National Historic Trails Interpretive Center
The National Historic Trails Interpretive Center opened in 2002.
The Pony Express statue was created by artist and Utah native Avard Tennyson Fairbanks.
Backstory and Context
All of the major historic trails passed through or near Casper, which is way the Center is located here. The trails followed the North Platte and Sweetwater Rivers and then to the South Pass, which is a mostly flat area in southwest Wyoming that traverses the Continental Divide. First recorded by fur trader Robert Stuart in 1812, the pass is the only point where settlers could safely cross the Rocky Mountains (the Lewis and Clark Expedition made the crossing farther north in the Bitterroot Mountains and barely survived). From the South Pass, settlers parted ways and headed to Oregon, Utah, or California.
The South Pass was critical for the growth of the United States; without it, Britain may have permanently claimed some areas in the Northwest, and the Southwest may have remained in possession of Mexico. It is estimated that around a half a million people traveled west through the South Pass corridor during the 19th century. In 1968, President Lyndon B. Johnson signed The National Trails System Act into law, which protects the western overland trails and many others.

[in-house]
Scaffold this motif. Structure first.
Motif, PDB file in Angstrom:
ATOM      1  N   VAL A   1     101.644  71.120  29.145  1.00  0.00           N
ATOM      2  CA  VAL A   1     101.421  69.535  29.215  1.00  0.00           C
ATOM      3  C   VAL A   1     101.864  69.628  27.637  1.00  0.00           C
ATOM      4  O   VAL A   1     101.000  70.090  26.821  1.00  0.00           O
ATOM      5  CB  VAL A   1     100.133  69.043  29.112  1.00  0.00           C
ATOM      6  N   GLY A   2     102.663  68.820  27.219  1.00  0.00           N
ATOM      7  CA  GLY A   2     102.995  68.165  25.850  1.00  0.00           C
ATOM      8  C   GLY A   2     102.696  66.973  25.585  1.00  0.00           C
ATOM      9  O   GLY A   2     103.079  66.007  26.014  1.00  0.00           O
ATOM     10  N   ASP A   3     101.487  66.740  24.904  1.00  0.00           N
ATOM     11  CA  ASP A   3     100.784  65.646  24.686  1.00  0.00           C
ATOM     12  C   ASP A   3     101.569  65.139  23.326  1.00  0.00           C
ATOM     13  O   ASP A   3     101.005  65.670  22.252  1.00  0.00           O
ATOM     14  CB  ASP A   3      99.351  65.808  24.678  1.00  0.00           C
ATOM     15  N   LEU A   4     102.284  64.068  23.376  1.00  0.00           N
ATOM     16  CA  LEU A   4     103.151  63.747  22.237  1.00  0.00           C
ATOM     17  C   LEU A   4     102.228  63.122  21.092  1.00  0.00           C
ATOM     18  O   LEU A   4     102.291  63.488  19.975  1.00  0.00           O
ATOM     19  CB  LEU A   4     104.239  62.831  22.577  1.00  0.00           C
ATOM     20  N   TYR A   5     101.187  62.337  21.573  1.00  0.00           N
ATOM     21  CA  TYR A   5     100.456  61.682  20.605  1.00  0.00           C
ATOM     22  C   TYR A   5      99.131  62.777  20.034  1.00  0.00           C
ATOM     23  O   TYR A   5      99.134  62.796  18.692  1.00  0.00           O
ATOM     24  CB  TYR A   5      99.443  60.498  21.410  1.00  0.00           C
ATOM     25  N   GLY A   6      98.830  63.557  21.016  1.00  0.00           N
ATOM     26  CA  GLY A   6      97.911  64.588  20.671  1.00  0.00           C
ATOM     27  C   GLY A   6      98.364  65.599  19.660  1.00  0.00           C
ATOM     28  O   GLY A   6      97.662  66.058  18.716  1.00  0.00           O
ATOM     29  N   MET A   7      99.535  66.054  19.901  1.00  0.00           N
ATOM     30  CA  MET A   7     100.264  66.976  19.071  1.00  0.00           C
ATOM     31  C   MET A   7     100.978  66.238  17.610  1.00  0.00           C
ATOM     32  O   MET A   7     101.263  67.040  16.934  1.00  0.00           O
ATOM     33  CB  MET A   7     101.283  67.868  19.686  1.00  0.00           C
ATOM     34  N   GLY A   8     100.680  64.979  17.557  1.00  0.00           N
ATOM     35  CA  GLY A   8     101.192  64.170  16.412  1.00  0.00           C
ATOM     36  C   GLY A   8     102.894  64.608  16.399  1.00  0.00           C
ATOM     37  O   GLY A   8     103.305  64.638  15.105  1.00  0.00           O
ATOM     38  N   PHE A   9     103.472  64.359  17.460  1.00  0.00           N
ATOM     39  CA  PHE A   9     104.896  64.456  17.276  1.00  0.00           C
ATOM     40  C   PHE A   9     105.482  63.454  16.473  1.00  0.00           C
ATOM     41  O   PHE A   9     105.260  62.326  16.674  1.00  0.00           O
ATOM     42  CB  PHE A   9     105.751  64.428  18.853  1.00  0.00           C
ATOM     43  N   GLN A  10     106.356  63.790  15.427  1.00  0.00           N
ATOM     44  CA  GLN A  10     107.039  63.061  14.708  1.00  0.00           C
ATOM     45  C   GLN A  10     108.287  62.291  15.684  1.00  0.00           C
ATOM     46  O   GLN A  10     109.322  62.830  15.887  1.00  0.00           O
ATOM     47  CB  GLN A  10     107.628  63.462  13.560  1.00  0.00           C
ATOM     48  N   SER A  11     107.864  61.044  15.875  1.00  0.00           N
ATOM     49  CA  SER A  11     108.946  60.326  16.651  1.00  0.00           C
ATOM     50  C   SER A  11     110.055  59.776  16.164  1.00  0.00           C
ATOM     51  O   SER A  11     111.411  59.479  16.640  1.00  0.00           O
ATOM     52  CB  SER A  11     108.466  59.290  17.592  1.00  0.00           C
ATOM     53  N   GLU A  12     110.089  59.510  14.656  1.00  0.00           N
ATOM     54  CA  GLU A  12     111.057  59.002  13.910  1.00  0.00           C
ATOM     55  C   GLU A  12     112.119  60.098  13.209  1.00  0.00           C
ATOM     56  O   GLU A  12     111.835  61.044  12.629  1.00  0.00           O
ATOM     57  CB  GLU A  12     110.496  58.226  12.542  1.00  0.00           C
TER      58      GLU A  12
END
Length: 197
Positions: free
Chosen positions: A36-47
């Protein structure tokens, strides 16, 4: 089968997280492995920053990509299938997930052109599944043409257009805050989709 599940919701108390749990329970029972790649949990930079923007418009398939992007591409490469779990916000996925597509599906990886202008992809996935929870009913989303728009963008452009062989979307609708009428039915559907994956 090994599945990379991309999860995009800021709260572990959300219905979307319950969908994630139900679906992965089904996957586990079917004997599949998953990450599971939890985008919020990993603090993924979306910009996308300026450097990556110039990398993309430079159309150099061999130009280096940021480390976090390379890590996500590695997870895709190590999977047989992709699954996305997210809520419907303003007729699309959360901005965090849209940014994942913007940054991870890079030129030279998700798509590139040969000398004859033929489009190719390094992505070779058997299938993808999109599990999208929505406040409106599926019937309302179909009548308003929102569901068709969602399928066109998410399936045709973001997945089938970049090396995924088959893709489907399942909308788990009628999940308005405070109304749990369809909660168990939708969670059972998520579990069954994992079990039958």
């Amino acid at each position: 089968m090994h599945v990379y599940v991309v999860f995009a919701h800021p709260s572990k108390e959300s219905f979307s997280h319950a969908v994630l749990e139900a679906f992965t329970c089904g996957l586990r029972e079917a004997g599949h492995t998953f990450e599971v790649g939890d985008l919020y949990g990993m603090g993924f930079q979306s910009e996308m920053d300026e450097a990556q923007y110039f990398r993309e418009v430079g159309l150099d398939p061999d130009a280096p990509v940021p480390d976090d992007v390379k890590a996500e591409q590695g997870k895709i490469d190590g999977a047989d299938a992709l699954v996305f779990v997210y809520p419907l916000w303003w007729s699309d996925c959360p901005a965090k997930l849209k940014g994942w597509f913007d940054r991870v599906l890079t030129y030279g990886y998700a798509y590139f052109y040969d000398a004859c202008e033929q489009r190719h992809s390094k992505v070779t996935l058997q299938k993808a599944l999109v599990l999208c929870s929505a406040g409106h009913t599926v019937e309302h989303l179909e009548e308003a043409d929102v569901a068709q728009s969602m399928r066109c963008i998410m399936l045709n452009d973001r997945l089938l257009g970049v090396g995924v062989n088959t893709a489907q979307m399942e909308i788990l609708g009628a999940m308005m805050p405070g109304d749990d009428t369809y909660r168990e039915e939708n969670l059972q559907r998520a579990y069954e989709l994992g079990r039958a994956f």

"About the Center." National Historic Trails Interpretive Center. Accessed August 22, 2019. https://nhtcf.org/about.
Bagley, Will. "South Pass." WyoHistory.org. November 8, 2014. https://www.wyohistory.org/encyclopedia/south-pass.
Del Bene, Terry A. "Trails across Wyoming: The Oregon, Mormon Pioneer and California Routes." WyoHistory.org. November 8, 2014. https://www.wyohistory.org/encyclopedia/trails-across-wyoming-oregon-mormon-pioneer-and-california-routes.
Wikimedia Commons: https://en.wikipedia.org/wiki/National_Historic_Trails_Interpretive_Center#/media/File:National_Historic_Trails_Interpretive_Center.jpg
The Historical Marker Database